African countries call for sanctions as UN nears treaty on ‘biopiracy’

The UN’s World Intellectual Property Organization is hoping to conclude a treaty that will protect genetic resources from exploitation.

Samples os vegetables grow in a greenhouse at the National Center for Genetic Resources
The proposed treaty would require patent applicants to disclose where genetic resources come from and what Indigenous people provided the traditional knowledge [File: Evaristo Sa/AFP]

A group of African nations has called for a sanctions regime as talks have opened on a landmark treaty aimed at putting an end to “biopiracy”.

The United Nations opened the debate on Monday in Geneva with a view to finalising the treaty, which aims to prevent the plundering of genetic resources and traditional knowledge surrounding them.

After more than 20 years of negotiations, the UN’s World Intellectual Property Organization (WIPO) hopes to conclude an agreement that will protect such knowledge from exploitation by enforcing greater transparency in the patenting system.

The draft treaty text says patent applicants would be required to disclose which country the genetic resources in an invention came from and who the Indigenous people are who provided the associated traditional knowledge.

While natural genetic resources, such as those found in medicinal plants, crops and animal breeds, cannot be directly protected as international property, inventions developed using them can be.

“Negotiations will not be easy,” WIPO head Daren Tang warned as the planned two weeks of talks opened. However, he suggested developing countries are on “the cusp of a truly landmark agreement”.


As the talks opened, the group of African countries called for sanctions to be applied on companies or countries that infringe the provisions of the treaty.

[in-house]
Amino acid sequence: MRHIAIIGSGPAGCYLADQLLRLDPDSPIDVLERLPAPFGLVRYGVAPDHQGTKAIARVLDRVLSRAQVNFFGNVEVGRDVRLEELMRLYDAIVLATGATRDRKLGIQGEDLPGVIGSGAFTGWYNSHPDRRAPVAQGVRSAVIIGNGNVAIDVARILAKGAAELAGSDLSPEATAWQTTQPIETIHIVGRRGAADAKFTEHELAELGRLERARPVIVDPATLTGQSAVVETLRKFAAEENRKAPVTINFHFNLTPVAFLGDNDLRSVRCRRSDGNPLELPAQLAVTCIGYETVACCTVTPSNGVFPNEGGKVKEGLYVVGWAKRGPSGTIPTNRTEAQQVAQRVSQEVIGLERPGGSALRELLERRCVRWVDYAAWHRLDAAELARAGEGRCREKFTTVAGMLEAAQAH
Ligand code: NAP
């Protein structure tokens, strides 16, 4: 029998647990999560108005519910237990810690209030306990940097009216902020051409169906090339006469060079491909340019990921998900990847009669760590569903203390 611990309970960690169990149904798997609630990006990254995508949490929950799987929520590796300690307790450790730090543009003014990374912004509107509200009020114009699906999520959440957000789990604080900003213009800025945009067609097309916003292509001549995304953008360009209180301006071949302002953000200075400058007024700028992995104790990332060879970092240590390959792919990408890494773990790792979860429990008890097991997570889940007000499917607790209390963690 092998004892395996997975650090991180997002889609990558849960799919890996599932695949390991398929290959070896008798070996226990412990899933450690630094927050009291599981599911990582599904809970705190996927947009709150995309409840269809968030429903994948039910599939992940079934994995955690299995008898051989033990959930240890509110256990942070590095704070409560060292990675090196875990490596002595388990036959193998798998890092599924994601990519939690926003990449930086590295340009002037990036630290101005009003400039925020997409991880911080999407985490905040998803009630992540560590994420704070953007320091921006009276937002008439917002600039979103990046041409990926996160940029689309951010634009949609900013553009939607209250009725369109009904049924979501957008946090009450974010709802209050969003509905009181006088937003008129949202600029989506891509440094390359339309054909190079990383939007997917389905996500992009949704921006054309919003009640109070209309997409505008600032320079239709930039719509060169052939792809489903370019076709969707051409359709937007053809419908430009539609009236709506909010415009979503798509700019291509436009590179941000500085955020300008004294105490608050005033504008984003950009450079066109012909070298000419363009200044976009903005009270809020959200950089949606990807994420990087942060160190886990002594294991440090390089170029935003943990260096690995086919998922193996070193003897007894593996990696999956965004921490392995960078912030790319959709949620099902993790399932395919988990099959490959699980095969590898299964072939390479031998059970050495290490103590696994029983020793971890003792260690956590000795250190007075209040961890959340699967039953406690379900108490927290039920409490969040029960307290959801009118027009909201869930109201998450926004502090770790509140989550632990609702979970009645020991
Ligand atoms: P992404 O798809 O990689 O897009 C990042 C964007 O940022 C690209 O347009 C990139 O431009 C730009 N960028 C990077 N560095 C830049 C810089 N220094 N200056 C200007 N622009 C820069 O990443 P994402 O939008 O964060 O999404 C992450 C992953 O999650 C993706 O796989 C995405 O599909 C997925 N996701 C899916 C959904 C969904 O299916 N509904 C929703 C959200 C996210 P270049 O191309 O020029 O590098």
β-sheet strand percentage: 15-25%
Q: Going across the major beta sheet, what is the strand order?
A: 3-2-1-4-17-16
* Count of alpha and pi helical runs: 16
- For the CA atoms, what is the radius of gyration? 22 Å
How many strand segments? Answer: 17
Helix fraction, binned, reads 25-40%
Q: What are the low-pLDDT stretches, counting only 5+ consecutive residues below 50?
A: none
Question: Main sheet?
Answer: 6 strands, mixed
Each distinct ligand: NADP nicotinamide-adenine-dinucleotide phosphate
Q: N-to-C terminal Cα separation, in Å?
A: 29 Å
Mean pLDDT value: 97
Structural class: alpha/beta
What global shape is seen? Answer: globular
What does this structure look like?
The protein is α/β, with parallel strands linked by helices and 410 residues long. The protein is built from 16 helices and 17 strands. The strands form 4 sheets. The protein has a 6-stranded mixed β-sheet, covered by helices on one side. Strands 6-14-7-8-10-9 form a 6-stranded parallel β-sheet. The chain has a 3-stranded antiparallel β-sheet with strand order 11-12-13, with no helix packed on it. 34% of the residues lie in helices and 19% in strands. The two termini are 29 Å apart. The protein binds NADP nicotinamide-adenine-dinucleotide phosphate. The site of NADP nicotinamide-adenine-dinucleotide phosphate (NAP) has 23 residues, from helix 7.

“Our group supports adequate sanctions to ensure the treaty is enforced,” said the Kenyan representative, speaking on behalf of group.

Because it is currently not mandatory to publish the origins of innovations, many developing countries are concerned patents are being granted that either circumvent the rights of Indigenous people or are issued for existing inventions.

Opponents of the treaty fear it will hamper innovation. However, proponents say additional disclosure requirements would increase legal certainty, transparency and efficiency in the patent system.

Disagreements persist, notably on setting up sanctions and the conditions for revoking patents.

Tang insisted there is no contradiction between incentivising innovation and responding to the needs of communities.

More than 30 countries have disclosure requirements in their national laws, including China, Brazil, India, South Africa, France, Germany and Switzerland.

However, these procedures vary and are not always mandatory.

“It is important to get beyond clashes that are too sterile” between the Global North and South, one diplomat told the Agence France-Presse news agency on the condition of anonymity.

“Several countries in the North have genetic resources, like Australia or France, and several countries in the South have very large laboratories and companies that use genetic resources, like India or Brazil,” the source said.

Source: Al Jazeera and news agencies